Description of a Chronograph, Adapted for Measuring the Varying Velocity of a Body in Motion Through the Air, Volume 13

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Bell and Daldy, 1866 - Chronograph - 32 pages

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Page 13 - H; I, J, K, L, M, N, O, P, Q, R, S, T, U, V, W, X, Y, Z a, b, c, d, o, f, g, h, i...
Page 10 - E, the magnetism of the electro-magnet is destroyed, and the spring f carries back the keeper, which, by means of the arm a, gives a blow to the lever b. Thus the marker m is made to depart from the uniform spiral it was describing. When the current is restored the keeper is attracted, and thus the marker m is brought back, which continues to trace its spiral as if nothing had happened. E is connected with the clock, and its marker m
Page 13 - ... and so on. A galvanic stream will therefore take the following course, whether the springs be weighted or unweighted : copper a, brass b, copper c, brass d, copper e, brass /, copper g, &c. The current will only be interrupted when one or more threads have been cut and the corresponding spring is flying from the bottom to the top of its hole. About...
Page 9 - Fig. 31 gives a general view of the chronograph. A is a fly-wheel capable of revolving about a vertical axis, and carrying with it the cylinder K, which is covered with prepared paper for the reception of the clock and screen records. The length of the cylinder is 12 or 14 inches, and the diameter 4 inches. B is a...
Page 12 - Transverse grooves are cut at equal distances, something less than the diameter of the shot, as shown in the diagram. Staples of hard brass spring-wire (No. 14* or 15), are fixed with their prongs in the continuation of the grooves. Pieces of sheet copper A are provided, having two elliptical holes, the distance of whose centres equals the distance of the grooves. The pieces of copper A are used to connect each wire staple, as C, with its neighbour on each side. Thus, Fig.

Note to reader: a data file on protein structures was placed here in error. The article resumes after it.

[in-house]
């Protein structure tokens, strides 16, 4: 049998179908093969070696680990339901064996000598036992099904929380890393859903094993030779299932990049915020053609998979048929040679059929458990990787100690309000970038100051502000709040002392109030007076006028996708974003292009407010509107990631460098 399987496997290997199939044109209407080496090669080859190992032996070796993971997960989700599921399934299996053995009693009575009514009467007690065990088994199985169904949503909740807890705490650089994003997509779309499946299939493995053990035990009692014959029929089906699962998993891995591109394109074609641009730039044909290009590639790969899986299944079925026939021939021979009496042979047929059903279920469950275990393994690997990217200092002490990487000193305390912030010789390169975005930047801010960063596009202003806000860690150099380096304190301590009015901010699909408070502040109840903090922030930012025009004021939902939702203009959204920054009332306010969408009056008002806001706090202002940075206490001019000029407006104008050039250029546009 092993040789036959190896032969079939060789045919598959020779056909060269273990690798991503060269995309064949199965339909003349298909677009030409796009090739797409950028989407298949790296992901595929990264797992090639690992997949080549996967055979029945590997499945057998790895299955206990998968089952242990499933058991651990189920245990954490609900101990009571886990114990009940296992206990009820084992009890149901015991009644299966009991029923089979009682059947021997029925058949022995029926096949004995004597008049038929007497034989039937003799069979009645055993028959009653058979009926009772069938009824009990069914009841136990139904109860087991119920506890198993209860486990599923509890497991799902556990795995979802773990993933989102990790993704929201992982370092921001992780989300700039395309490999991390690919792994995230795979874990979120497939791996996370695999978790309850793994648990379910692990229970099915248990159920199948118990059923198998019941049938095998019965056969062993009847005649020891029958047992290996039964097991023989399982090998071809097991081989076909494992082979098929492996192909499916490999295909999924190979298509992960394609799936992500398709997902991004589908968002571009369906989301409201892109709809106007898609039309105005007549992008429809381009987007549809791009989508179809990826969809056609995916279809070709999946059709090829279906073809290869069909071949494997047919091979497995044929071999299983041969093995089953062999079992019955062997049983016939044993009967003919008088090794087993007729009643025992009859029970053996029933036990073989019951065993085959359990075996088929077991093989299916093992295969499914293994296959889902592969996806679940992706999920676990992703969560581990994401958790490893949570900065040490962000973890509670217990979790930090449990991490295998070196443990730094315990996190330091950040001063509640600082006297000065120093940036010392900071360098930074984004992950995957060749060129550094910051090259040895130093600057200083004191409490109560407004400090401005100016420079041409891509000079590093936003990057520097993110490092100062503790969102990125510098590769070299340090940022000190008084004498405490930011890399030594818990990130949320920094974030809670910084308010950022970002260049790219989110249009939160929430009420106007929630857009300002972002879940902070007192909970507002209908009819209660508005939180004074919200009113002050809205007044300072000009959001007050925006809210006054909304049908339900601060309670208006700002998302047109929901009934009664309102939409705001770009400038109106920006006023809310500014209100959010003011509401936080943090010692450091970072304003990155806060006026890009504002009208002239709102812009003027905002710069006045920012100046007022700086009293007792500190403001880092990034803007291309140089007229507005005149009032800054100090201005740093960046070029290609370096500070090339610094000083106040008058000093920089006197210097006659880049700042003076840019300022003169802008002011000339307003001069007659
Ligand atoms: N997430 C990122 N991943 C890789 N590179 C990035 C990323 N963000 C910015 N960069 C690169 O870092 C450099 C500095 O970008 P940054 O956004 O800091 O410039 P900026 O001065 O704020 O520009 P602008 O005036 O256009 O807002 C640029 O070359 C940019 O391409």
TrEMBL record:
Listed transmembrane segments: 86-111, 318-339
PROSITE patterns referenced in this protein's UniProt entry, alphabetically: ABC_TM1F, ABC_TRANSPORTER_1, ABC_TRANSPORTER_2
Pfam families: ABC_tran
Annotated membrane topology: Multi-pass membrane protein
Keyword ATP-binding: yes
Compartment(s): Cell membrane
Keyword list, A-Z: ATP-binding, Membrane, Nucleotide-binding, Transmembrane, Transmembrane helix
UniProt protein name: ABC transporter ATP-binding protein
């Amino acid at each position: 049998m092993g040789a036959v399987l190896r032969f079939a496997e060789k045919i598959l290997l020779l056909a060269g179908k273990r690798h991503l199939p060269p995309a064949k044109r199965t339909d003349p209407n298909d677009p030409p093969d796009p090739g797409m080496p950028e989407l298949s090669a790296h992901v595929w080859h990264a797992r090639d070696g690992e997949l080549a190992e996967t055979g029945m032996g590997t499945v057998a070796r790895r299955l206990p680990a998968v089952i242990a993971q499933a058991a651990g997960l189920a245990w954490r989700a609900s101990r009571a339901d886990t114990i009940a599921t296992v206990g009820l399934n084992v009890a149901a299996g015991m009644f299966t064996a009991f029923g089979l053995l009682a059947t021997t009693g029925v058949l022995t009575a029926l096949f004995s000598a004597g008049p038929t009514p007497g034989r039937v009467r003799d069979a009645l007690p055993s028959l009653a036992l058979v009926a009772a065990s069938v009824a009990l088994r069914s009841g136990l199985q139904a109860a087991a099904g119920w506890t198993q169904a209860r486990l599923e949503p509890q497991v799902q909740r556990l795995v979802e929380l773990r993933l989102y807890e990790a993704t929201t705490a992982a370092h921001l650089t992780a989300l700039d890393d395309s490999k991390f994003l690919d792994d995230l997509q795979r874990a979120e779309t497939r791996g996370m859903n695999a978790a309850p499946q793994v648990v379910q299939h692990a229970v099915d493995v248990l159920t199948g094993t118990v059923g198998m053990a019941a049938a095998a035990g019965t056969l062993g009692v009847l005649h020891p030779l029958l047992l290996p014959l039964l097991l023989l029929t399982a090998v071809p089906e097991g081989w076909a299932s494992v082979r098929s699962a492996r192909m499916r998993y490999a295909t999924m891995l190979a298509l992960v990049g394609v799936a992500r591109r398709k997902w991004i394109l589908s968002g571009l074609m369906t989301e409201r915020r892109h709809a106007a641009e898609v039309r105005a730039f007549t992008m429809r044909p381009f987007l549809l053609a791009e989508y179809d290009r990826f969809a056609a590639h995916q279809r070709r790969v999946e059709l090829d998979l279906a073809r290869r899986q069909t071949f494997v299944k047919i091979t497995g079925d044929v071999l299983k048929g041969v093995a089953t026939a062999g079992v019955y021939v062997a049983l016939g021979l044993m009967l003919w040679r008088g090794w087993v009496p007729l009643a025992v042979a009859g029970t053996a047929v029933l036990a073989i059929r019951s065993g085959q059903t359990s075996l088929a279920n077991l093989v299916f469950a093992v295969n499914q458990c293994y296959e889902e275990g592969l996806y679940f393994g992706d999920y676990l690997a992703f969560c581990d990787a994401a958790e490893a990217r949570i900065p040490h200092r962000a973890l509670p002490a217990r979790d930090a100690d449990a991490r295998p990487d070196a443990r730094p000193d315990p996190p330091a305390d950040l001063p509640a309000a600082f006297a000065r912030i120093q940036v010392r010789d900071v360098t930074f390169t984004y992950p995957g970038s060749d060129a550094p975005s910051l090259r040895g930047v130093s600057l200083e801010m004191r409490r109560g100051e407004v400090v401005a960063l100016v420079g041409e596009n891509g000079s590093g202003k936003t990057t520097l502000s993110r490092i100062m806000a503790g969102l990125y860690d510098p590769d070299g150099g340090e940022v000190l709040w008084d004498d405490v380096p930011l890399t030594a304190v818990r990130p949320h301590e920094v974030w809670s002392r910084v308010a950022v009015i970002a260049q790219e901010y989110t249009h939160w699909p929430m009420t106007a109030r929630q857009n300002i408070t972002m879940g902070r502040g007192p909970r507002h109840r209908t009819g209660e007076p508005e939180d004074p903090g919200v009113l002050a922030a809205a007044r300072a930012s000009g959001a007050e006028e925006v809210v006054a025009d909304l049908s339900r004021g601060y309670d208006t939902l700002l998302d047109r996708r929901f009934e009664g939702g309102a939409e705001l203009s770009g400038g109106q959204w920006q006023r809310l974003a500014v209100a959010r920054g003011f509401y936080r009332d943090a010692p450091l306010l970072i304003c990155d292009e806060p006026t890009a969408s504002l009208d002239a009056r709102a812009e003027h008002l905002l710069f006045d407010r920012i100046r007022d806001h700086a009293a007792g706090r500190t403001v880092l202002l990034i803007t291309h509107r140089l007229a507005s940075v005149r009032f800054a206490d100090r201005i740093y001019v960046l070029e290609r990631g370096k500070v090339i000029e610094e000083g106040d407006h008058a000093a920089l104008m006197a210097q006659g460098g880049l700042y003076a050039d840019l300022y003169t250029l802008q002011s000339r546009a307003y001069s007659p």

Page 11 - The depression of the lever, h, raises the springs, *, which act as levers, and bring the diamond points, mm! , down upon the paper. When an experiment is to be made, care is taken to see that the two currents are complete. The fly-wheel, A, is set in motion by hand, so as to make about three revolutions in two seconds. The markers, m m...
Page 11 - E is connected with the screens, and records the passage of the shot through the screens. By comparing the marks made by m, m' the exact velocity of the shot can be calculated at all points of its course. The slide L is fixed parallel to F and the cylinder K by the brackets G, H.
Page 13 - ... which was sufficient to withstand a tolerably strong wind. As the weights were equal the threads were kept equally stretched. The arrangement of the screens for an experiment is shown in Fig.
Page 11 - This motion is communicated to m', which describes a very short arc of a circle about a point in AB. The arrangement is so made that when either of the markers m, m' is making a record, it has a motion which may be resolved partly in direction of the motion of the paper under it, and partly in a direction perpendicular to this. Thus records are obtained which can be read off by scale with great nicety. The pendulum of a half-seconds clock strikes once each double-beat a very light spring, and so...
Page 12 - Fig. 34, a, c, e, g, &c., represent these copper connexions put in their places and holding down the wire spring, which, when free, are in contact with the tops of the holes ; but, when properly weighted, they rest on the lower edge of the holes. Thus the copper c forms a connexion between the staples 6 and d ; the copper e joins d and /, and so on.

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